(guest post by Megan Daniels, Kilian Mallon, and Matthieu Abgrall)
As a supplement to our visual analysis of the pottery, a second step is to run the sherds through the portable x-ray fluorescence analyzer, nicknamed the “ray-gun”, the tricorder, or just plain old XRF. We clip off a small section of the sherd, trying to make the surface of the sample as flat as possible. We place the sample directly on the tracer, and after clicking a billion buttons to calibrate it, the analyzer emits x-rays at the sherd for two minutes. Unfortunately it does not make any zapping sounds, so we have to remember to stay clear of the beam (generally it’s under the cover anyway) and to be wary when the big red light is flashing.
The XRF gives us an elemental breakdown of the sherd. Most pottery is made of the same stuff, so most of the readings look quite similar. We work off the assumption that each ancient pottery workshop got their clay locally. Thus, because rocks and clays differ slightly from place to place, and different human traditions also make pottery in slightly different ways and use pottery for different purposes, each workshop or region or time period should have a pottery fingerprint. We are looking for the tiny variation that can tell us the fingerprints for the pottery produced around Burgaz. Of course, a lot comes down to interpretation. The XRF is a tool that is only as useful as the archaeologist who uses it. We have spent a lot of time working out what data we need, and what it means.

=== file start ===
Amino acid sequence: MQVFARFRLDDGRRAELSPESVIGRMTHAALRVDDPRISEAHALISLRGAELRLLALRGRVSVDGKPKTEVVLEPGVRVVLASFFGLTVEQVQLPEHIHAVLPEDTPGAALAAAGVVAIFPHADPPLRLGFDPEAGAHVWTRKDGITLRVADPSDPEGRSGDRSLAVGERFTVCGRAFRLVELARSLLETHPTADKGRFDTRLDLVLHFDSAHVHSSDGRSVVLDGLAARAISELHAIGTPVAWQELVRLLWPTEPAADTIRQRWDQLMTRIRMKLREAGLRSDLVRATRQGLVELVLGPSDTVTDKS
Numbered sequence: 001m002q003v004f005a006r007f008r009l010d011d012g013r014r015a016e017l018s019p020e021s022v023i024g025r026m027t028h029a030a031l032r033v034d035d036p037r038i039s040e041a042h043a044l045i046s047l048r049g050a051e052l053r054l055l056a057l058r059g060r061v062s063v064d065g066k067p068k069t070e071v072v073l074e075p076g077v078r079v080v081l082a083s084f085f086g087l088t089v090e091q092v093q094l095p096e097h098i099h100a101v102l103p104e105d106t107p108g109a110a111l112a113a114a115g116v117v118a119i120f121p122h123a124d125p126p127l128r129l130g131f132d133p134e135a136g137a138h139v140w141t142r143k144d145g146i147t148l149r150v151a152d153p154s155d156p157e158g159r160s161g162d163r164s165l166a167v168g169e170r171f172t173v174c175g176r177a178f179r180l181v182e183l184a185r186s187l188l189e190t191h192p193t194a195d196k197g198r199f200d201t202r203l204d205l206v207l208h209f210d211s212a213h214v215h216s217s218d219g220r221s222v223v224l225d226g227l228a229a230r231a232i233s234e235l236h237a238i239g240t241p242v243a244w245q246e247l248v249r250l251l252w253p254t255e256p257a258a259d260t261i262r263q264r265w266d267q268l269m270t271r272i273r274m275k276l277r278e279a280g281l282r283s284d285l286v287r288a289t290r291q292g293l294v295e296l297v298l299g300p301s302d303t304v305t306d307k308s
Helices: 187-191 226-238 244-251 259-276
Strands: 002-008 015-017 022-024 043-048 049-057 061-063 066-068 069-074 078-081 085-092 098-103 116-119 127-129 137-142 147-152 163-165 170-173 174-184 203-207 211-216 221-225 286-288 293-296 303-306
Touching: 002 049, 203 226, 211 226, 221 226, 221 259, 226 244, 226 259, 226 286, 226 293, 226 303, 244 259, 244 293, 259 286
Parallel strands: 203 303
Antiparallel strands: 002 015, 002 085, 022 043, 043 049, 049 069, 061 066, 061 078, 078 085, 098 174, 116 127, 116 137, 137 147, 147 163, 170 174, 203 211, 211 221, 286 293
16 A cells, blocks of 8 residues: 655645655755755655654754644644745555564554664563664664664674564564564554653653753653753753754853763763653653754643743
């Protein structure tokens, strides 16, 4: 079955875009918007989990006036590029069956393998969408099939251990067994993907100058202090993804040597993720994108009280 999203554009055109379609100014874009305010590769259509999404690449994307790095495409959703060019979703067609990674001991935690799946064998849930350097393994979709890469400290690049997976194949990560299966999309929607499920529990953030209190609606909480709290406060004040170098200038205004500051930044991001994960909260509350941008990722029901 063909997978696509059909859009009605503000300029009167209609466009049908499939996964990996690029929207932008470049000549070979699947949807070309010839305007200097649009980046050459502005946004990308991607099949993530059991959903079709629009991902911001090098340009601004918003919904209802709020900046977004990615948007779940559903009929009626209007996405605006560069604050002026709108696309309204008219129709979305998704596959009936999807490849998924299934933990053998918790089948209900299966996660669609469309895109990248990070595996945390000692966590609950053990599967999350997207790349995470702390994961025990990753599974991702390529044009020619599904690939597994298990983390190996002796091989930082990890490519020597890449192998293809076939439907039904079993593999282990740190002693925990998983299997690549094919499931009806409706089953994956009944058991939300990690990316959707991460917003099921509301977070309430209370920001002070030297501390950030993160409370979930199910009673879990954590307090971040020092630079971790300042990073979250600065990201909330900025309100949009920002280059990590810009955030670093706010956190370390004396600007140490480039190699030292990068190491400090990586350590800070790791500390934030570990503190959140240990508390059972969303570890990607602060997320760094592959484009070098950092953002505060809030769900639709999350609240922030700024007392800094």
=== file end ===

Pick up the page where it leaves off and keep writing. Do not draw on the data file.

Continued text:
We get levels of different elements in the pottery sherds we analyze. Through the Artax software and Excel, we are able to build a database with all the elemental breakdowns of the pottery. When possible, we also tie this data to a time period and a specific place of find or production, i.e a context or a workshop. When all the data is gathered, we can run several statistical analyses, such as simple correspondence analyses (CA) or more elaborate multicorrespondence analyses (MCA). The objective is to tell how close two pottery sherds are, when analyzed either according to the totality of their elemental profile, or solely on a part of their composition, such as iron, calcium and strontium. We run analyses of the levels of elements but also compare pottery sherds to find out what element is present or not. Our results take the form of bar charts and scatter graphs on which several fabrics will group together around one or two elements: what it will tell us is that those fabrics, because of their relative proximity, most likely are made out of the same clay source. When we add up the time and location data, we hope to link specific elemental compositions of pottery to specific workshops or time periods. Meanwhile we reserve additional visual and petrographic analyses to determine further the firing processes and the various “recipes” of potters. We pool all our resources together to get answers.
Through these efforts, we hope to tie Burgaz into its surrounding socio-economic environment and to understand better the changing uses of landscape and how this relates to Burgaz’s position at various periods in history, from a regional maritime center in the Classical and Hellenistic periods to (perhaps?) a more localized production site in the later Hellenistic and Roman periods.